Formal Workplace Consultation Processes – Guideline – 761 KB Sometimes the project changes after the consultation is complete, a new species is listed, or critical habitat is identified or revised during the current project. In other cases, the contribution takes place when it is not exempted or other relevant new information becomes available (e.g. B new studies on the geographical extent of a species` spectrum). Each of these scenarios may require a revision of the impact assessment in the biological opinion or in an informal consultation letter. Resumption of consultation is required and will be requested by the federal agency or by us if federal discretion or control over the measure has been maintained or is permitted by law, and: Dealing with Bullying in the Workplace – Guide: This document provides guidance on preventing and managing bullying in the workplace, including bullying behaviour, workplace culture, the effects of bullying and what you can do about it. Who is calling for negative effects? The Action Agency shall determine whether a project may concern a listed species, including whether the measure is likely to have adverse effects. Ideally, through informal consultations, the Services and the Action Agency will determine whether adverse effects are likely and work together to eliminate these effects to the extent possible. Services determine whether or not they are consistent with unlikely adverse effects on regulations and provide biological advice on measures that may harm protected species and critical habitats. Under section 7 of the Endangered Species Act, federal agencies must consult with noAA Fisheries if any action they take, fund or approve may affect a species classified as threatened or endangered under the Act, or a critical habitat designated for that purpose. If the federal agency taking the action (referred to in section 7 as the “Action Organization”) determines that the project is unlikely to affect the listed species or critical habitat (NNAA), it submits a request for informal consultation to NOAA Fisheries (referred to in section 7 as an “Advisory Body”) for approval.
NOAA Fisheries will provide the Action Agency with a letter of approval if it agrees with the Action Agency`s decision on the NLAA. NOAA Fisheries will provide written consent or non-compliance with the federal agency`s decision within 60 days of receiving sufficient information to make a decision. Once the matching letter is issued, the consultation process will end and no further action will be required. A provision of the ESA is the appropriate conclusion if impacts on species and/or critical habitats listed in the ESA are expected to be separable (highly unlikely), insignificant (so small that they cannot be meaningfully measured, demonstrated or assessed) or completely beneficial (ALL impacts benefit the species and/or critical habitat). Establishing an operational plan without consultation disadvantages the organization because: This information must be submitted to us with a letter setting out a “likely negative effect” requesting formal consultation. Your request for consultation will be assigned to a biologist in accordance with section 7 and the designated biologist will review your request for consultation and contact you by phone or email if further information is required. Once all the necessary information has been received, we will send you a letter stating that we have all the necessary information to launch a formal consultation. The biologist then prepares a biological report, including a bycatch declaration (if applicable). The regulations in section 7 of the ESA require us to provide you with final biological notice within 135 days of the start of the consultation.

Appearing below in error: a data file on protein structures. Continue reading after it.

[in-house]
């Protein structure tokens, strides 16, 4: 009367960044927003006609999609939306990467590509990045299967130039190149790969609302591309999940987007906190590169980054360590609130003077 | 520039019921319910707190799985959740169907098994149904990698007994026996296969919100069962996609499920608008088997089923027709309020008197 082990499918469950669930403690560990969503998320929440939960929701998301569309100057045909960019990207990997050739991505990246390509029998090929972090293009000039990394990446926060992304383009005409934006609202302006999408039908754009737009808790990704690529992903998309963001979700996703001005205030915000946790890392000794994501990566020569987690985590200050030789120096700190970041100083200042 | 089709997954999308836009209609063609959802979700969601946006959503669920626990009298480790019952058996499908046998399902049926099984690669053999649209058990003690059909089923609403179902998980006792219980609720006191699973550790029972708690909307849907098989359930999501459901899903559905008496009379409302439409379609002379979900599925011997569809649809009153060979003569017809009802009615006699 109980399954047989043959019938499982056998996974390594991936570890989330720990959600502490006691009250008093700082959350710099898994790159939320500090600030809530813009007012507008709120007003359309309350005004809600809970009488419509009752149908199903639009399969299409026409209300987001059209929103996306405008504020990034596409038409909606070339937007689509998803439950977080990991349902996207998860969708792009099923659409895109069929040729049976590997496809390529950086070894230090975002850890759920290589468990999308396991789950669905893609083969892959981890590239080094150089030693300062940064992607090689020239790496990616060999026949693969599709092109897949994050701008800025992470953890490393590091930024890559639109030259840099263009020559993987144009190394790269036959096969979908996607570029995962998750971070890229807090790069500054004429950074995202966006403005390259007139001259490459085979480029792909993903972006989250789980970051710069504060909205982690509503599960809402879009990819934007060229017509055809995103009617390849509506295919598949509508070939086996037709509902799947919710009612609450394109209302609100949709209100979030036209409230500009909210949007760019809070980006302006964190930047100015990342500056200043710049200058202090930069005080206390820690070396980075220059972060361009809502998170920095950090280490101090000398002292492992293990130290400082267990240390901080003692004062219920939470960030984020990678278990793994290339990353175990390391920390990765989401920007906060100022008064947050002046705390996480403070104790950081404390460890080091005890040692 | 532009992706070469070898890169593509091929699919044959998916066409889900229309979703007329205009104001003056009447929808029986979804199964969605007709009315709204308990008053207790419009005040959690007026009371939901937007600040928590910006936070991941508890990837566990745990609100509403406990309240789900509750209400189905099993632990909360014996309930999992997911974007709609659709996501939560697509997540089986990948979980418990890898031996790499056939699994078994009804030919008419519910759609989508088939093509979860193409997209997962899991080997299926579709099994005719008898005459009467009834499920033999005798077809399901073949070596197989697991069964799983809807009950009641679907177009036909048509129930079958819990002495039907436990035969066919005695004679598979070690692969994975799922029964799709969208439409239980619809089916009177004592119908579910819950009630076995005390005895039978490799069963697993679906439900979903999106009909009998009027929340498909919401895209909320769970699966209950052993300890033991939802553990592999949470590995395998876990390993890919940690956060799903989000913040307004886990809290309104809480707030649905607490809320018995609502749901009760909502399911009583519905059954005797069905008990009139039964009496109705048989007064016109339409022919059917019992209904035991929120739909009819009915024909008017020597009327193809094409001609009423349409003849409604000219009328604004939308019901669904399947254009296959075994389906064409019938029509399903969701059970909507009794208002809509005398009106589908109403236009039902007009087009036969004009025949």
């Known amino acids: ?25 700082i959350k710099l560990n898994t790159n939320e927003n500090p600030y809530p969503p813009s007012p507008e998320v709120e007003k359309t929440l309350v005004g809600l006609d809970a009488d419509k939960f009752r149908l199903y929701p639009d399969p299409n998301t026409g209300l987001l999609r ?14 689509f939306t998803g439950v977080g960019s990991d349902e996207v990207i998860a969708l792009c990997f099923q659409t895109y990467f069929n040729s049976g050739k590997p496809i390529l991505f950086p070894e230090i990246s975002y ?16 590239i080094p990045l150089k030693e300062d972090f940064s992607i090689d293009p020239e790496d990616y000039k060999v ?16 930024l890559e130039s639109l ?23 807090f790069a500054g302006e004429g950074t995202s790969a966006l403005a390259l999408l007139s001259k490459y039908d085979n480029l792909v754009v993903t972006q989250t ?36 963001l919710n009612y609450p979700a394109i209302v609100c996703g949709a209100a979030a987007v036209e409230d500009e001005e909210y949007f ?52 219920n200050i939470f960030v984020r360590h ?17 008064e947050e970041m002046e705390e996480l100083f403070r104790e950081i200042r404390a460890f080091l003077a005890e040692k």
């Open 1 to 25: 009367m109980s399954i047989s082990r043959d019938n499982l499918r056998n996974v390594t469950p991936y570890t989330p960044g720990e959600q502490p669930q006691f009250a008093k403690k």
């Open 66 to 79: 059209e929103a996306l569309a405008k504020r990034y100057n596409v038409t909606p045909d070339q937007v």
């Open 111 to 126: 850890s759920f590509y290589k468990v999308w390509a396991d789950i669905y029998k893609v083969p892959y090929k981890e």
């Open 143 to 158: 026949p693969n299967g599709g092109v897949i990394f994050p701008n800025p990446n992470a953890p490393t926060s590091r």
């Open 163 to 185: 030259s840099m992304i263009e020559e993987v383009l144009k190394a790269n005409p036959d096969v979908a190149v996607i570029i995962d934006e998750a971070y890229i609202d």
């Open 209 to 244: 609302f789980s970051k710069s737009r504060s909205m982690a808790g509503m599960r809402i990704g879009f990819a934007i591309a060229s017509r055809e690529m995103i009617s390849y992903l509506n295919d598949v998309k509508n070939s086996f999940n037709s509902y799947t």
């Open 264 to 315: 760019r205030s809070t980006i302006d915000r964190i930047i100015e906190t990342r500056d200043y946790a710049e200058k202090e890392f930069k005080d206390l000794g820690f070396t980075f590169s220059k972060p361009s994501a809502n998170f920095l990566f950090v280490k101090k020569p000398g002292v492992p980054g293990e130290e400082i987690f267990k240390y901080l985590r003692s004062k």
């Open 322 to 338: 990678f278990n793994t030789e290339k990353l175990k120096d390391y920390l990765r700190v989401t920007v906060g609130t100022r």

The initiation date is calculated when we receive ALL the information necessary to conclude a formal consultation (e.B contain all the details of the project, the correctly defined scope of action, all stressors have been adequately addressed, all effects analyzed, etc.). This schedule may be extended if both organizations agree that more time is needed. If a third party proposes the action as a plaintiff, the third party must also agree to an extension. Please note that special procedures are required for “major construction projects,” including the preparation of a biological assessment (see 50 CFR 402.12 or contact us for more information). These formal and informal communication channels may include: Can formal consultation be stopped once it has begun? Who can do it and under what conditions? If the measure in question is no longer feasible (e.g. B if funding has been withdrawn, an applicant has decided to withdraw the permit application, or the measure approved by Congress has been rejected, etc.), the Action Agency may withdraw its request for formal consultation. . . .